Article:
Paula Hawkins, Steve Cavanagh, Clare Mackintosh and Jo Nesbo are among the writers who have picked up two shortlistings apiece for the inaugural Dead Good Reader Awards.
The awards, nominated and voted for by readers, will be presented in Harrogate this July at the Theakstons Old Peculier Crime Writing Festival.
Each of the six awards was created in collaboration with the Dead Good Facebook community and celebrates a unique element in crime writing.
Hawkins’ debut The Girl on the Train (Transworld) is shortlisted for The Dead Good Recommends Award for Most Recommended Book, alongside I Am Pilgrim by Terry Hayes (Transworld), The Defence by Steve Cavanagh (Orion), I Let You Go by Clare Mackintosh (Sphere), The Lie by C L Taylor (Avon), and No Other Darkness by Sarah Hilary (Headline).
Hawkins, Cavanagh and Mackintosh are also shortlisted for The Reichenbach Falls Award for Most Epic Ending, alongside The Nightmare Place by Steve Mosby (Orion), Personal by Lee Child (Transworld), and The Skeleton Road by Val McDermid (Sphere).
Jo Nesbo’s detective Harry Hole makes the shortlist for The Lee Child Award for Best Loner or Detective. Also on the shortlist are Robert Galbraith’s creation Cormoran Strike, Ian Rankin’s John Rebus, Sharon Bolton’s Lacey Flint, Tim Weaver’s David Raker, and Ann Cleeves’ Vera Stanhope.
Nesbo features again on the shortlist for The Patricia Highsmith Award for Most Exotic Location, with his depiction of Oslo in Police (Vintage), as does Taylor for her version of Nepal in The Lie. Also making the shortlist are Marnie Riches for Amsterdam in The Girl who wouldn’t Die (Maze); The Bones Beneath by Mark Billingham (Sphere) for Bardsey Island; Peter Swanson’s depiction of Boston in The Kind Worth Killing (Faber); and Julia Croch’s Greece in The Long Fall (Headline).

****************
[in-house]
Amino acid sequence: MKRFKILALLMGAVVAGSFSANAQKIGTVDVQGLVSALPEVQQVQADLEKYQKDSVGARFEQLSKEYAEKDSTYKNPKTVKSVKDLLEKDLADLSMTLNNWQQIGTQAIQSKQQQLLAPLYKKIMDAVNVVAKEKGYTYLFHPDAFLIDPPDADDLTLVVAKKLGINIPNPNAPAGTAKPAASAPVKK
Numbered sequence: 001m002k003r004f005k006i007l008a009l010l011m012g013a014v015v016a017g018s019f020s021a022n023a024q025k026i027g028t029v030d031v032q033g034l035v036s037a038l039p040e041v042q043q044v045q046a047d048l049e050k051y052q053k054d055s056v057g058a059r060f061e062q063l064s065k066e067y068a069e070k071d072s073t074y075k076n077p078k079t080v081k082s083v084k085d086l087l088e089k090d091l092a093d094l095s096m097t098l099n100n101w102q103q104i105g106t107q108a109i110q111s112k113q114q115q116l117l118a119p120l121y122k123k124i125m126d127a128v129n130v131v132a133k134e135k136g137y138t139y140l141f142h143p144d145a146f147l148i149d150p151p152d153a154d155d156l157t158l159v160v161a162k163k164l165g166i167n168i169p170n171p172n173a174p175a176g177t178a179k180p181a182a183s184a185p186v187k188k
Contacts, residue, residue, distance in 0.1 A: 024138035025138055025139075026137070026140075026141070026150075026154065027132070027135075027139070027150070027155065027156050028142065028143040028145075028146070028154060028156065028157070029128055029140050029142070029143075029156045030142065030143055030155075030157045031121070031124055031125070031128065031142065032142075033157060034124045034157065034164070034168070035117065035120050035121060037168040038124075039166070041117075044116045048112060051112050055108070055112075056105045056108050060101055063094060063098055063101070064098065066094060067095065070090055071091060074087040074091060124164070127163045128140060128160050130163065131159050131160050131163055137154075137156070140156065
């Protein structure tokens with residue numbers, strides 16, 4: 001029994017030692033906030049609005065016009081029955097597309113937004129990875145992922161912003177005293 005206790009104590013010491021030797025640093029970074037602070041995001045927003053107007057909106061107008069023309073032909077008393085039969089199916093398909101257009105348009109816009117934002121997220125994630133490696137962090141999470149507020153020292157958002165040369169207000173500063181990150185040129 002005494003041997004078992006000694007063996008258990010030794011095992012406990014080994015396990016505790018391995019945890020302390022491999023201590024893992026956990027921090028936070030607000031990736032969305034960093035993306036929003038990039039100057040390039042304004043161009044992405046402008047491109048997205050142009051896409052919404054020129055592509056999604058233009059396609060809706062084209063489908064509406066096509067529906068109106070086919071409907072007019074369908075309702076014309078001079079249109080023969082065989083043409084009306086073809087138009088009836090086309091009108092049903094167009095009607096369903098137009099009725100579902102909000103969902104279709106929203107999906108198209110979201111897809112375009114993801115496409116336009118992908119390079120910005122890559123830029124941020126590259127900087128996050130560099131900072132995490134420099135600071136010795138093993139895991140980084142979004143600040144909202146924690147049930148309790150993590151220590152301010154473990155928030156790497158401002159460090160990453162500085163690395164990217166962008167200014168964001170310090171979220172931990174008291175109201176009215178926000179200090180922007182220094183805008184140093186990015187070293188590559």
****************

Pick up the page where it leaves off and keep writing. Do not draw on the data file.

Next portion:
Established names will battle it out for The Val McDermid Award for Fiendish Forensics. The shortlist is Bones are Forever by Kathy Reichs (Cornerstone); Die Again by Tess Gerritsen (Transworld); The Ghost Fields by Elly Griffiths (Quercus); Flesh and Blood by Patricia Cornwell (Harper); Rubbernecker by Belinda Bauer (Transworld); and Time of Death by Mark Billingham (Sphere).
The final award is The Dr Lecter Award for Scariest Villain. Making the shortlist are The Shining Girls by Lauren Beukes (Harper); Into the Darkest Corner by Elizabeth Haynes (Myriad); An Evil Mind by Chris Carter (Simon and Schuster); The Stand by Stephen King (Hodder); You are Dead by Peter James (Macmillan); and The Girl with the Dragon Tattoo by Stieg Larsson (Quercus).
The awards will now be open to a public vote. The winners will be selected online and physically at the festival itself. Votes made at the festival will be weighted to make up 50% of the total votes.
The winners will be announced at a special festival event on Friday 17th July.
Each winner will receive a specially designed magnifying glass trophy.
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